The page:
Big fines and bad advice
The Financial Services Authority (FSA) this week levelled big fines and redress requirements against two large IFA firms for unsuitable advice.
RSM Tenon Financial Services Limited received a £1 million fine, reduced to £700,000 because they fully co-operated and agreed to settle at an early stage of the FSA investigation.
This fine for RSM Tenon was for significant failings in its advice and sales processes relating to Lehman-backed structured products, and for having poor systems and controls to prevent unsuitable advice in its structured product and pension switching business.
In addition to the fine, Tenon will have to conduct a review of past advice and offer to buy back products from any customers who received unsuitable advice. This could cost them a further £1.8m in respect of Lehman-backed structured products alone.
The other major action by the FSA this week was against Park Row Associates Limited, a national IFA network, for failing to ensure its sales were suitable. This public censure secured customer redress estimated at between £5m and £7.8m.
The FSA also fined the firm’s former chief executive, Peter Sprung, £49,000.
We are very different to these firms.
Here at Informed Choice, we have a number of CFP professionals, we are a firm of Chartered Financial Planners and we are a finalist for the Money Marketing IFA of the Year Award, with the winner due to be announced next month. This is where any similarities with Park Row or RSM Tenon end.
Our team-based approach to the provision of advice ensures that suitable advice is agreed before it is delivered. This differs from the approach at many IFA firms where a sole Financial Planner is responsible for the construction and delivery of advice, which is only checked for suitability at a later date once it has been put in place.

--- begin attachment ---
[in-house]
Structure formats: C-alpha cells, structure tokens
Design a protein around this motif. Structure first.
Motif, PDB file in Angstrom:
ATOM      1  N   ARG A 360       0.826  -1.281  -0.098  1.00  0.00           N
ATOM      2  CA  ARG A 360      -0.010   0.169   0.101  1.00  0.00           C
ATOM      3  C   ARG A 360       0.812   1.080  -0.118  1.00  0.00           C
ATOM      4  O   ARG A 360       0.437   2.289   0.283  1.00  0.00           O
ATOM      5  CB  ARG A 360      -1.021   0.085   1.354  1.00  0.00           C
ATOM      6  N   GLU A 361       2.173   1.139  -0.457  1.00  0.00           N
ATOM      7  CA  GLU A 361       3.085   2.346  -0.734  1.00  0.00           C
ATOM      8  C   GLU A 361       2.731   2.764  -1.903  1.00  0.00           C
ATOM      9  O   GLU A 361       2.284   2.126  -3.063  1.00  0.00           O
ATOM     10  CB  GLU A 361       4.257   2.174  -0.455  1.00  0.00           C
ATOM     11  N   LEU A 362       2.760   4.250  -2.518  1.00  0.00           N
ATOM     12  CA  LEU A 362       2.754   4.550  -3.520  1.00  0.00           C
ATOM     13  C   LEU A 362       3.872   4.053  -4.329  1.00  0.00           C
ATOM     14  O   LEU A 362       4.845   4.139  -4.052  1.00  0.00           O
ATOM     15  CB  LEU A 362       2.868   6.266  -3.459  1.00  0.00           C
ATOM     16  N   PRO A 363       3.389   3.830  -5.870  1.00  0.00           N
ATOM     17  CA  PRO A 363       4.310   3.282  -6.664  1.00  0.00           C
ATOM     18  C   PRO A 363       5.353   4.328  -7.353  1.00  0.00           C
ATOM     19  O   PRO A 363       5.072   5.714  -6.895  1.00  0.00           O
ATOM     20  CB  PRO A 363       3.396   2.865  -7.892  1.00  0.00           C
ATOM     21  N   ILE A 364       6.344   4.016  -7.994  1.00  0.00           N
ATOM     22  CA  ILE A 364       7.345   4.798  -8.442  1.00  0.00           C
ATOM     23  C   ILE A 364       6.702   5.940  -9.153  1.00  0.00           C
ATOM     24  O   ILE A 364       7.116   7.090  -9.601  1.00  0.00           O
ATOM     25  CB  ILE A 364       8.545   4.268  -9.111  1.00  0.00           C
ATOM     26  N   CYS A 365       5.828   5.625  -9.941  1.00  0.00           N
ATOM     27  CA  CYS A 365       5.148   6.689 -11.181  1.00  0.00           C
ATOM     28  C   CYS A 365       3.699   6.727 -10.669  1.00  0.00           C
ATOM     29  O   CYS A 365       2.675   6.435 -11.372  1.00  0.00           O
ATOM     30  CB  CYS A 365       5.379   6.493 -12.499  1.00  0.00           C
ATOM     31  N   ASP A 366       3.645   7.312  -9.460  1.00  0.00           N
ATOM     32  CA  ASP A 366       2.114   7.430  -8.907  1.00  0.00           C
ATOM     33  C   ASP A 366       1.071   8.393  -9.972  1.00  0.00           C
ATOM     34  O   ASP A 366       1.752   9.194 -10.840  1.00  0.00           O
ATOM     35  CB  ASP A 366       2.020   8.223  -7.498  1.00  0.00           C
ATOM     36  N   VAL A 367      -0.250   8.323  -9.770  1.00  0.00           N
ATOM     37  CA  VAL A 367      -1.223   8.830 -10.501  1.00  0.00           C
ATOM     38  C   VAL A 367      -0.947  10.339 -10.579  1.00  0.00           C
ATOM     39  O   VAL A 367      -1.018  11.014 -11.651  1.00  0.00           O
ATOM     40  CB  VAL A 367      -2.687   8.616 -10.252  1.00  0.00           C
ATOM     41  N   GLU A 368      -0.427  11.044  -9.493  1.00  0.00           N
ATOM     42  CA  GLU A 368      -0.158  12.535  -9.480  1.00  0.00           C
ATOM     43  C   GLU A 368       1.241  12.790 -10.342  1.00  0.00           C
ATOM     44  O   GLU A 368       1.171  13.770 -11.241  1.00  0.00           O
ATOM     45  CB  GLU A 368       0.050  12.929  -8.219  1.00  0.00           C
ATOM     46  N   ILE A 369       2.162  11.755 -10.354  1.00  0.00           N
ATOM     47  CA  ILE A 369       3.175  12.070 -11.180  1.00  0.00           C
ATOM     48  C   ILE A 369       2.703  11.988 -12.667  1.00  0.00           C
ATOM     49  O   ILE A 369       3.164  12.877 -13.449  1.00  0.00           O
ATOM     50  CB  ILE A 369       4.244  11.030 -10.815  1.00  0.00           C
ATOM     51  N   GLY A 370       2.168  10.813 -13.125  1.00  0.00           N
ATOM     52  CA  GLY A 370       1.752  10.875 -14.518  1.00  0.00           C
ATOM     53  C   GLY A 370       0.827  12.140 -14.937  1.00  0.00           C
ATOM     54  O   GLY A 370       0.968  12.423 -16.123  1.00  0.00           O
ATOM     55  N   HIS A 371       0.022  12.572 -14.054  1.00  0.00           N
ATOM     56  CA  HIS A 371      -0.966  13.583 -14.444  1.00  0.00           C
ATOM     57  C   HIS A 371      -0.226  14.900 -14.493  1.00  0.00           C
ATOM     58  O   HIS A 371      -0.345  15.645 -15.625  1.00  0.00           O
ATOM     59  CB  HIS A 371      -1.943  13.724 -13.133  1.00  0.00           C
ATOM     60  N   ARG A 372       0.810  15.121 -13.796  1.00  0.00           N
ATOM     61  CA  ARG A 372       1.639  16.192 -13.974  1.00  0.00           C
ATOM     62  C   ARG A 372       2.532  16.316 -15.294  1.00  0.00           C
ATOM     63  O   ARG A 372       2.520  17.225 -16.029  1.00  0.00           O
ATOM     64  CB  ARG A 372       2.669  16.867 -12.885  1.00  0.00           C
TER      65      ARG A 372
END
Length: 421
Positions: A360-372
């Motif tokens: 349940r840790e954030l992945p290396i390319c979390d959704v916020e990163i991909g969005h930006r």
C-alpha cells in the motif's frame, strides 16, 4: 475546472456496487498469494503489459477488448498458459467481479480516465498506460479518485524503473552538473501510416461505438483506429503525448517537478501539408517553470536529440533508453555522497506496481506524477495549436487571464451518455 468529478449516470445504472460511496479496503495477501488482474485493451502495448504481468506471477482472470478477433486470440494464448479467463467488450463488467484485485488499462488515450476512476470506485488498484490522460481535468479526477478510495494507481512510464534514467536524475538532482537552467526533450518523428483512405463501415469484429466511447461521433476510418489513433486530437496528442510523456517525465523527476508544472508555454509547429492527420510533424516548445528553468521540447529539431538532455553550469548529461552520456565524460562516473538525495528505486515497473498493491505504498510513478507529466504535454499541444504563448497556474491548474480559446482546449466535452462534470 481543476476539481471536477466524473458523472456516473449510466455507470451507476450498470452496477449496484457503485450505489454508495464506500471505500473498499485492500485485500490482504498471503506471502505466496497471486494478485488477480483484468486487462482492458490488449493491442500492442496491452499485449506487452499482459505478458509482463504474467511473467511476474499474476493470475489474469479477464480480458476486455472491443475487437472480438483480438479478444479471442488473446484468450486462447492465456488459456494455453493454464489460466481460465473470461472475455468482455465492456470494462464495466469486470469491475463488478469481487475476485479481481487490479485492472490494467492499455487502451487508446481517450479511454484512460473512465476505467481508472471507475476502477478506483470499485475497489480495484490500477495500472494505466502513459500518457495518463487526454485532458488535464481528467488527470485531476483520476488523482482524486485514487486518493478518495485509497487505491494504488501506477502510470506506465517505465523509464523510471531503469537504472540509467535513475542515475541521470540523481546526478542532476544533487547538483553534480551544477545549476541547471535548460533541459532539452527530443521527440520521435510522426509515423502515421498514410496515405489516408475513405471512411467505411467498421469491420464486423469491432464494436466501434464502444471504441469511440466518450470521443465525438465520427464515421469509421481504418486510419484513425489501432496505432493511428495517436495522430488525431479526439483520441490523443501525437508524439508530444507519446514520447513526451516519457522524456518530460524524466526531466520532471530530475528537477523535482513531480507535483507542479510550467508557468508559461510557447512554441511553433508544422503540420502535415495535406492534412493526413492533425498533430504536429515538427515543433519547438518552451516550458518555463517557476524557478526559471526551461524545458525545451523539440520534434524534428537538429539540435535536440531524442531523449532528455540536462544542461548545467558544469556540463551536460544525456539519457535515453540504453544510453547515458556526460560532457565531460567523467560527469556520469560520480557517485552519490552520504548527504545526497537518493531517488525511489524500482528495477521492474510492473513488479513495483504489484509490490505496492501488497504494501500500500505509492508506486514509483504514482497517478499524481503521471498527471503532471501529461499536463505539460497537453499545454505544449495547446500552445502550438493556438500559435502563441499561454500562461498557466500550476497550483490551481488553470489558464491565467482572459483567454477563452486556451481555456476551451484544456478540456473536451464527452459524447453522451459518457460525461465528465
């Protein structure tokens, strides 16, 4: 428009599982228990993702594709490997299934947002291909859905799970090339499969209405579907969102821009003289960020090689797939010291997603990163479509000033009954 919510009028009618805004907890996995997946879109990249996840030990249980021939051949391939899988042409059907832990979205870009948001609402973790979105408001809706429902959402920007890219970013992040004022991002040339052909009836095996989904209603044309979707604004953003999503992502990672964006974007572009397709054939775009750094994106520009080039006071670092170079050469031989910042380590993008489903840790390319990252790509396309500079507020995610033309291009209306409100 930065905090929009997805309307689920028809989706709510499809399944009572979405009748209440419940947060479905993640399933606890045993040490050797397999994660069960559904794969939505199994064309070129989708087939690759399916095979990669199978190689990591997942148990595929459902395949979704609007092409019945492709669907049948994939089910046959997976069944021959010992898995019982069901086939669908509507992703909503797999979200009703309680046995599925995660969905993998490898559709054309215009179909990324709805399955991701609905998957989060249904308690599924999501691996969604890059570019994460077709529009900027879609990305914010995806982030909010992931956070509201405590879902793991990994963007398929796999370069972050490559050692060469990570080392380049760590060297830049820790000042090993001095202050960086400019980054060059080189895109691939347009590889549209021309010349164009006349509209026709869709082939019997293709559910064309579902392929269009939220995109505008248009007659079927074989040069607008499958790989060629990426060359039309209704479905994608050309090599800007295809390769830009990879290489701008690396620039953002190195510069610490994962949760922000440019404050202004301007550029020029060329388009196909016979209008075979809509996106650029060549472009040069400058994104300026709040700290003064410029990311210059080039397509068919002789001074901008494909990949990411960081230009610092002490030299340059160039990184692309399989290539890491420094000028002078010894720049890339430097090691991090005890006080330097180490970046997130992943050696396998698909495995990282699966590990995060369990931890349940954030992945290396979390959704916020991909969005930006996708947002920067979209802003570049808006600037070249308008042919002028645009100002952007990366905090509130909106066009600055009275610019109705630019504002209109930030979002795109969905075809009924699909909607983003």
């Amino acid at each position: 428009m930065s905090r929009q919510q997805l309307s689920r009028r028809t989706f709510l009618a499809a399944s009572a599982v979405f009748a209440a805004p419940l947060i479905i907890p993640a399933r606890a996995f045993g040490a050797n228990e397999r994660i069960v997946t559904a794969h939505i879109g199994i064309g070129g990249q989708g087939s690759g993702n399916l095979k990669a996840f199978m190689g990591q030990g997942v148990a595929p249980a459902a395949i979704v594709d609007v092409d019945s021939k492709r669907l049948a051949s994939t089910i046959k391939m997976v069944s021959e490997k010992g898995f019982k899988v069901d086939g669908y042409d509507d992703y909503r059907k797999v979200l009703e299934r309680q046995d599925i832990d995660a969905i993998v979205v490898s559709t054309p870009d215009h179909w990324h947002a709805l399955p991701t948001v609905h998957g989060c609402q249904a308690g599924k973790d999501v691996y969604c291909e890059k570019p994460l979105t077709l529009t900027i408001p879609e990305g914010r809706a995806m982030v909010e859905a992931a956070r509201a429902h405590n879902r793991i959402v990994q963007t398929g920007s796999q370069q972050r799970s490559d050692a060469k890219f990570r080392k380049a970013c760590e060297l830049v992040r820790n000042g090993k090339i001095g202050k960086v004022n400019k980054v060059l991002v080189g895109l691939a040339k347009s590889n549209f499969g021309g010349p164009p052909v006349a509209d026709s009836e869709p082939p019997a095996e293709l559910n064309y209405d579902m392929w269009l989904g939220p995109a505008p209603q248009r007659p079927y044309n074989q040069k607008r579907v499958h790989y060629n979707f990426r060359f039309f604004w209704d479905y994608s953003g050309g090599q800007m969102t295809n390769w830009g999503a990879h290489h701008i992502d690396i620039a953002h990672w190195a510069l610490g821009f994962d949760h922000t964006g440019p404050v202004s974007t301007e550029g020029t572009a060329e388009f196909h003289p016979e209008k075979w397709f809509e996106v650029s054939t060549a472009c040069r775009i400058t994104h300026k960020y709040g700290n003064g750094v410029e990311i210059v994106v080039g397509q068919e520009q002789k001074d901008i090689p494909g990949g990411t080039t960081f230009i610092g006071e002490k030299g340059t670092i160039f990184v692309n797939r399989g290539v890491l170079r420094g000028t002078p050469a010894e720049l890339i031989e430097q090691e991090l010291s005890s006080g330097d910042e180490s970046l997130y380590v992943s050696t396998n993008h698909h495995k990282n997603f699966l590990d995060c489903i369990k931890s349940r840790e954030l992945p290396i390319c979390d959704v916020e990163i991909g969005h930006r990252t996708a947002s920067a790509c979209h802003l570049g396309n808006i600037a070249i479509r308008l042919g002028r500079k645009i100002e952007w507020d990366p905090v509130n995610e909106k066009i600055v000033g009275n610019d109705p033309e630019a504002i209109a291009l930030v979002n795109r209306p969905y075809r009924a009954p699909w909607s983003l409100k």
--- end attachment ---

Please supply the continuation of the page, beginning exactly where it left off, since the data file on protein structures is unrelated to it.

Our Investment Committee and robust investment advice process has enabled us to keep our clients away from questionable investment products, such as Lehman-backed structured products and the Arch Cru range of funds.
We place a great deal of emphasis on the importance of properly understanding the current position, goals and objectives of our clients. Until an IFA has this knowledge, they cannot possibly deliver suitable advice.
Importantly, because we charge fees for the provision of advice, there is nothing to influence us to recommend commission paying financial products. In the case of the sale of many structured products and where inappropriate pension switching advice has been given by other firms, it appears that high commission payments were the primary motivation for the advice.
The extent of Lehman-backed structured product sales means that these big fines and examples of bad advice are unlikely to be the last we see from the FSA this year. Hopefully IFA firms at the centre of this action will use it as an opportunity to improve their advice processes and ensure they deliver excellent advice to clients in the future.